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New vaccine aids infants.

New vaccine aids infants

An experimental vaccine that uses a novel approach to boost immunity is proving effective against potentially fatal infections in infants, researchers report. The vaccine, not yet approved for use in the United States, is specifically engineered to protect children younger than 2 years of age against infection by the bacterium Haemophilus influenzae type b --responsible for most cases of childhood bacterial meningitis and other serious diseases in children. The only U.S.-approved Haemophilus vaccine is incapable of inducing immunity in children younger than 2, despite the fact that most cases occur in the first 24 months of life.

Researchers last week released the results of a large-scale field study in which the new vaccine was given to more than 700 infants. Results of the study, which was performed by researchers in Finland in conjunction with Toronto-based Connaught Laboratories, appear in the Sept. 17 NEW ENGLAND JOURNAL OF MEDICINE.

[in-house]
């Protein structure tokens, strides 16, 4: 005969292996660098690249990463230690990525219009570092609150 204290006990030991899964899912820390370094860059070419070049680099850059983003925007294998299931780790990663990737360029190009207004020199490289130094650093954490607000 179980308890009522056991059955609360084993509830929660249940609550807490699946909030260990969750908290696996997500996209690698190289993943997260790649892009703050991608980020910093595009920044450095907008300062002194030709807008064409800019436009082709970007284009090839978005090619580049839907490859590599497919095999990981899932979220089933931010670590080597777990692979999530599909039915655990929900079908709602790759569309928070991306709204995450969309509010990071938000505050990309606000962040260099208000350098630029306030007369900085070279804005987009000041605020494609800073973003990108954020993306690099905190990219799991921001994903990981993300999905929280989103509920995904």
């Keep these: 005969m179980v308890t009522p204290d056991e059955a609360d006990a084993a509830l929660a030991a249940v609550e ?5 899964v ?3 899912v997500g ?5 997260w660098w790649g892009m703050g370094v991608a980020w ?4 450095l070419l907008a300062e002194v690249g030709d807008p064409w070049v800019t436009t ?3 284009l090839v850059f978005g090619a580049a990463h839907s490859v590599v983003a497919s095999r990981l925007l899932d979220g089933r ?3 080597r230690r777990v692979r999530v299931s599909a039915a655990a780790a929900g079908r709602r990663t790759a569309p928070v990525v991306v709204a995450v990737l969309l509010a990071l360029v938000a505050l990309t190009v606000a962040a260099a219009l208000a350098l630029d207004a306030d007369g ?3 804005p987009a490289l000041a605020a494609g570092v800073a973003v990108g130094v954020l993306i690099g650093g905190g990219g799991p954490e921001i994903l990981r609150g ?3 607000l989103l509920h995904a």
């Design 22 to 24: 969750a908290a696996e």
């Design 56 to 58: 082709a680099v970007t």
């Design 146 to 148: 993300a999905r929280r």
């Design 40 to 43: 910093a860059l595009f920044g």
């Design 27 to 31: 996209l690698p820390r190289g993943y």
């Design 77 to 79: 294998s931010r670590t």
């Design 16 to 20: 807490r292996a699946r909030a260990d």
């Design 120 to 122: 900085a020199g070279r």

The researchers conclude that the vaccine can reduce by 87 percent H. influenzae's yearly infection rate in children. In the United States, 18,000 such cases occur annually among children under 5, and approximately 1,000 infants die of the infection each year.

Lance K. Gordon, one of the Connaught researchers, told SCIENCE NEWS that the experimental vaccine represents the first successful application of a "carrier-hapten' approach to vaccine development. The technique uses a part of the Haemophilus bacterium that would normally stimulate only a weak immune response (a "hapten') and links it to a potent immune system stimulant, or "carrier' --in this case a protein component of diphtheria toxoid. The resulting antibody response is rich in Haemophilus-specific "memory cells' that enable infants to mount an amplified attack against the bacteria.
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Title Annotation:against infections
Author:Weiss, R.
Publication:Science News
Date:Sep 26, 1987
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